$150 Million Tax Credit Available for Clean Energy Companies
The U.S. Department of Energy (DOE) and the U.S. Treasury recently announced that $150 million is available for the Advanced Energy Manufacturing Tax Credits. As part of President Obama’s all-of-the-above plan to strengthen the country’s energy, this program will encourage manufacturers to begin investing in more energy efficient procedures. It will also support the nation’s energy security as well as the creation of new jobs for hard-working Americans.
In 2009, the American Recovery and Reinvestment Act incorporated a similar tax credit for manufacturing facilities, known as the Section 48C Advanced Manufacturing Tax Credit. It provided $2.3 billion to 183 projects across the U.S. Some facilities failed to use the full amount awarded to them, which resulted in the creation of the current $150 million available tax credit.
Previous Energy Secretary Steven Chu shared his thoughts on the tax credit,
Since 2009, the Advanced Energy Manufacturing Tax Credit program has supported innovative American manufacturers that boost our nation’s competitiveness in the global race for clean energy. These new investments will continue that momentum, supporting the President’s commitment to American-made energy, increasing energy security, and creating jobs.
Obtaining part of the $150 million will be competitive. According to the tax credit fact sheet, the DOE will assess projects based on “commercial viability, domestic job creation, technical innovation, speed to project completion, and potential for reducing air pollution and greenhouse gas emissions. The DOE will also consider additional factors including diversity of geography, technology, and project size, and regional economic development.”
The tax credit fact sheet also states that eligible manufacturing facilities should possess energy products which may include:
- Solar, wind, geothermal, or other renewable energy equipment
- Electric grids and storage for renewables
- Fuel cells and microturbines
- Energy storage systems for electric or hybrid vehicles
- Carbon dioxide capture and sequestration equipment
- Equipment for refining or blending renewable fuels
- Equipment for energy conservation, including lighting and smart grid technologies
- Other advanced energy property designed to reduce greenhouse gas emissions may also be eligible as determined by the Secretary of the Treasury
The application process for certification will run from February 7 until July 23, 2013. Once a facility goes through the extensive review process, the IRS will either accept or reject the application by November 15. More information on how to apply for this tax credit can be found at the U.S. Department of Energy or the IRS.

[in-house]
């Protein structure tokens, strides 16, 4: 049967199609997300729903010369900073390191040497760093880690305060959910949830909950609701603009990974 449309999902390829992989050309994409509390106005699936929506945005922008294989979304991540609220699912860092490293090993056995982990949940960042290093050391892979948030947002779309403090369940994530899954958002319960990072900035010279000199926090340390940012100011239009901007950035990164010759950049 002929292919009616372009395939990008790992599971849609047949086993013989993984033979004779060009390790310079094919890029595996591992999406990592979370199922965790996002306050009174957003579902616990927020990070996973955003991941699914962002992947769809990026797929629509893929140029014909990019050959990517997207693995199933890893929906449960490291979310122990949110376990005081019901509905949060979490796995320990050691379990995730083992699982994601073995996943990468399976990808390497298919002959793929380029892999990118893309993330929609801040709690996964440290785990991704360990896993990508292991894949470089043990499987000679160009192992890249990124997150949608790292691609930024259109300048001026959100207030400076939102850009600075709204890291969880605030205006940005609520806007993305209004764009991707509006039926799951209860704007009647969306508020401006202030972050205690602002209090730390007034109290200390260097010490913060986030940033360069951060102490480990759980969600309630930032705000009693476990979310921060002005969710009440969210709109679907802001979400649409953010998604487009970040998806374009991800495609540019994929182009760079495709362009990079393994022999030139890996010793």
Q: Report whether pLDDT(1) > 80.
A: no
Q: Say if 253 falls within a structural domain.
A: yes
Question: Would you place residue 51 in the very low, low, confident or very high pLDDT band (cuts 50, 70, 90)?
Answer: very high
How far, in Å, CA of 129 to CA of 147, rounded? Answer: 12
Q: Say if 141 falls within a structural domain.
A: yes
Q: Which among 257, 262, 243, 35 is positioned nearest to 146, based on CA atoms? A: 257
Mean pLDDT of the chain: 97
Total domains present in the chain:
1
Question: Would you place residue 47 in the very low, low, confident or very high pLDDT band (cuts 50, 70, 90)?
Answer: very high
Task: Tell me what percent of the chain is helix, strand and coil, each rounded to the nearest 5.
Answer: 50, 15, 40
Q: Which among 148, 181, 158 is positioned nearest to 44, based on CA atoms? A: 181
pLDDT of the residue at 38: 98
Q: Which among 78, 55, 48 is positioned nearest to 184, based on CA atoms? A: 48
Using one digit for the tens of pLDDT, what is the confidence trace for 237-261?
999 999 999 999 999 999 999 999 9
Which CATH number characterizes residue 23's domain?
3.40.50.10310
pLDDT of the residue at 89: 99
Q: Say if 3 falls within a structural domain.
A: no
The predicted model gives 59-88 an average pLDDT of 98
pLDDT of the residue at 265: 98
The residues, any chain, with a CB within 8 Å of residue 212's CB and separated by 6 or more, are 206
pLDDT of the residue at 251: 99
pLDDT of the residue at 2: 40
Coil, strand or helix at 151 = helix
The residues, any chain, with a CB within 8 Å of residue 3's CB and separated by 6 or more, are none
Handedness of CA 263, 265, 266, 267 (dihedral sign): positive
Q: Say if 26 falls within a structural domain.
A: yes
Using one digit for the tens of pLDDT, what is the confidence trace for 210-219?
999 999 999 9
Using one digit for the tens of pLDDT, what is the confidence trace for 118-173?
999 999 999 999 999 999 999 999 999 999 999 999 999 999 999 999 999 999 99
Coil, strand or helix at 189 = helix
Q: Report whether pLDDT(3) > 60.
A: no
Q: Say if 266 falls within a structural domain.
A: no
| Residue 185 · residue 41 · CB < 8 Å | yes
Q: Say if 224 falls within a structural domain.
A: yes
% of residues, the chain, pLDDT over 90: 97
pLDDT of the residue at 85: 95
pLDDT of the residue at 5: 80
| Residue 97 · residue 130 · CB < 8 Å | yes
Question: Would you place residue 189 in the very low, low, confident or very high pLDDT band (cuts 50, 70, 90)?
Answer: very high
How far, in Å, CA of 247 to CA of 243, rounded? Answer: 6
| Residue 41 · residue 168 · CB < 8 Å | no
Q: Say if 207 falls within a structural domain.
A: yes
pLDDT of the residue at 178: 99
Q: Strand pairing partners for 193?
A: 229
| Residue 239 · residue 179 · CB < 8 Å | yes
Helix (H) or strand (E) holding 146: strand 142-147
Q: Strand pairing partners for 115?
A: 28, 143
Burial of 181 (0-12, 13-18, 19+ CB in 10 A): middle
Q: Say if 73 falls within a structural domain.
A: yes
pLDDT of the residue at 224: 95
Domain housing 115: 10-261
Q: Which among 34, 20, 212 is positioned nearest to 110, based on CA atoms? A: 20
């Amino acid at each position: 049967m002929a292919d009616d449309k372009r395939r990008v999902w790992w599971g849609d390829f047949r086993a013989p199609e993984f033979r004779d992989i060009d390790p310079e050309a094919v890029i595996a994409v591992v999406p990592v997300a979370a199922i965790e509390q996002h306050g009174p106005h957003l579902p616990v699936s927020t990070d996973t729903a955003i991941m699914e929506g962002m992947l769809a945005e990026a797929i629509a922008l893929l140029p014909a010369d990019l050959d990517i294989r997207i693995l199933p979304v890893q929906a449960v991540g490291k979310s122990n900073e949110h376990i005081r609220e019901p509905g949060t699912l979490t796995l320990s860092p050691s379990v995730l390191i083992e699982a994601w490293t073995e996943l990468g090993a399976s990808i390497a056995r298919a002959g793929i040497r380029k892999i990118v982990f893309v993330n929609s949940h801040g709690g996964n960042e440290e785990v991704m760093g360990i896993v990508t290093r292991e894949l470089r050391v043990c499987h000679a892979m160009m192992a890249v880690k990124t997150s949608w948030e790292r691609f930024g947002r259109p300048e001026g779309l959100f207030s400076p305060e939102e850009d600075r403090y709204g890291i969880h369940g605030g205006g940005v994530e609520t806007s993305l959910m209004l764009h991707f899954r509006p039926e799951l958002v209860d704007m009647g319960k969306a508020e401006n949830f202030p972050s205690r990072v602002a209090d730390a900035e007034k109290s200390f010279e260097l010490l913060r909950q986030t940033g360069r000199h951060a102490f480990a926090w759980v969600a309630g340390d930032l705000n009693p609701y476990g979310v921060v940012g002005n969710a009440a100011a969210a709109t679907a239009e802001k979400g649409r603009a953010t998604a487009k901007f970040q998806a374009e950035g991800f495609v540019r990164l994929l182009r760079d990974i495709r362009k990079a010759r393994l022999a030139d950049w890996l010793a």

Recent years have made the U.S. a leader in the worldwide race for clean energy as it has more than doubled the amount of renewable energy sources. Simultaneously, the manufacturing industry has improved with roughly 500,000 new jobs added since 2010. This tax credit will continue to lead the U.S. in the direction of enhanced energy security and economic improvements. For additional ways to achieve energy efficiency, consider participating in a demand response program or upgrading your facility’s lighting. Whichever method you choose, energy reduction strategies will not only assist your facility in the application process for this tax credit, but as an added benefit, they will surely help in lowering overall energy costs as well.
Sarah Battaglia has been one of the in-house Copywriters and the Social Media Manager for NRG Business since 2011. Born and raised in Buffalo, NY, Sarah holds a Bachelors degree in Business Management and Marketing from the State University of New York at Buffalo. Out of the office, she has a passion for baking delectable desserts, cooking for her family, and riding her bike. Sarah can be ...
Other Posts by Sarah Battaglia
What are the emerging energy and utility trends?
"The Future of Energy and Utilities: An IBM Point of View."
|More coming soon...|
The Energy Collective
- Rod Adams
- Scott Edward Anderson
- Charles Barton
- Barry Brook
- Steven Cohen
- Dick DeBlasio
- Senator Pete Domenici
- Simon Donner
- Big Gav
- Michael Giberson
- Kirsty Gogan
- James Greenberger
- Lou Grinzo
- Jesse Grossman
- Tyler Hamilton
- Christine Hertzog
- David Hone
- Gary Hunt
- Jesse Jenkins
- Sonita Lontoh
- Rebecca Lutzy
- Jesse Parent
- Jim Pierobon
- Vicky Portwain
- Willem Post
- Tom Raftery
- Joseph Romm
- Robert Stavins
- Robert Stowe
- Geoffrey Styles
- Alex Trembath
- Gernot Wagner
- Dan Yurman